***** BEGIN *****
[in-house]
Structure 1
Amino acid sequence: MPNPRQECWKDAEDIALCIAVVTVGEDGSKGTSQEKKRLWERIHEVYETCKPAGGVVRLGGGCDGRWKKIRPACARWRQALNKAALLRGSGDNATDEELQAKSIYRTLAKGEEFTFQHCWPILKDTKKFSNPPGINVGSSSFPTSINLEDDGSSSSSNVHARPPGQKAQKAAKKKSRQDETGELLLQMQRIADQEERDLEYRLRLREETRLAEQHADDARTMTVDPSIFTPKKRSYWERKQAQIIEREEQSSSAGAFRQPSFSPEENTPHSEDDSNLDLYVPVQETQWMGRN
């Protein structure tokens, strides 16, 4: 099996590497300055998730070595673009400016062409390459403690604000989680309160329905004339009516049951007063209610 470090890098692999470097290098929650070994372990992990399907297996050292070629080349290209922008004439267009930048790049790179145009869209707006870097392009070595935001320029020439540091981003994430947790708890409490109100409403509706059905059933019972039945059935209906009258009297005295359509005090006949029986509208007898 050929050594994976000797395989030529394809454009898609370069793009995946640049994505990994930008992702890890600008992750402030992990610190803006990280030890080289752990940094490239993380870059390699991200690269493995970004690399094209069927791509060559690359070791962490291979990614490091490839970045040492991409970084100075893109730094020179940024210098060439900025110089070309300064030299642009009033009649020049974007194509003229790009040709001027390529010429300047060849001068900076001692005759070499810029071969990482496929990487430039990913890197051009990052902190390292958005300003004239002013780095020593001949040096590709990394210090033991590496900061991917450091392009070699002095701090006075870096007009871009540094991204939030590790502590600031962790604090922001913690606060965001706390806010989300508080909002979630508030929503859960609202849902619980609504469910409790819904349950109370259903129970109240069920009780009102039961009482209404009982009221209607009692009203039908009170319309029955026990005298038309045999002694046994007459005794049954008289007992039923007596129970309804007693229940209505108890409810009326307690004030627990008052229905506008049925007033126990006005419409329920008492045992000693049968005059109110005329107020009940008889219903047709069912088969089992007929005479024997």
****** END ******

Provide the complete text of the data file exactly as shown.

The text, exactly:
[in-house]
Structure 1
Amino acid sequence: MPNPRQECWKDAEDIALCIAVVTVGEDGSKGTSQEKKRLWERIHEVYETCKPAGGVVRLGGGCDGRWKKIRPACARWRQALNKAALLRGSGDNATDEELQAKSIYRTLAKGEEFTFQHCWPILKDTKKFSNPPGINVGSSSFPTSINLEDDGSSSSSNVHARPPGQKAQKAAKKKSRQDETGELLLQMQRIADQEERDLEYRLRLREETRLAEQHADDARTMTVDPSIFTPKKRSYWERKQAQIIEREEQSSSAGAFRQPSFSPEENTPHSEDDSNLDLYVPVQETQWMGRN
């Protein structure tokens, strides 16, 4: 099996590497300055998730070595673009400016062409390459403690604000989680309160329905004339009516049951007063209610 470090890098692999470097290098929650070994372990992990399907297996050292070629080349290209922008004439267009930048790049790179145009869209707006870097392009070595935001320029020439540091981003994430947790708890409490109100409403509706059905059933019972039945059935209906009258009297005295359509005090006949029986509208007898 050929050594994976000797395989030529394809454009898609370069793009995946640049994505990994930008992702890890600008992750402030992990610190803006990280030890080289752990940094490239993380870059390699991200690269493995970004690399094209069927791509060559690359070791962490291979990614490091490839970045040492991409970084100075893109730094020179940024210098060439900025110089070309300064030299642009009033009649020049974007194509003229790009040709001027390529010429300047060849001068900076001692005759070499810029071969990482496929990487430039990913890197051009990052902190390292958005300003004239002013780095020593001949040096590709990394210090033991590496900061991917450091392009070699002095701090006075870096007009871009540094991204939030590790502590600031962790604090922001913690606060965001706390806010989300508080909002979630508030929503859960609202849902619980609504469910409790819904349950109370259903129970109240069920009780009102039961009482209404009982009221209607009692009203039908009170319309029955026990005298038309045999002694046994007459005794049954008289007992039923007596129970309804007693229940209505108890409810009326307690004030627990008052229905506008049925007033126990006005419409329920008492045992000693049968005059109110005329107020009940008889219903047709069912088969089992007929005479024997």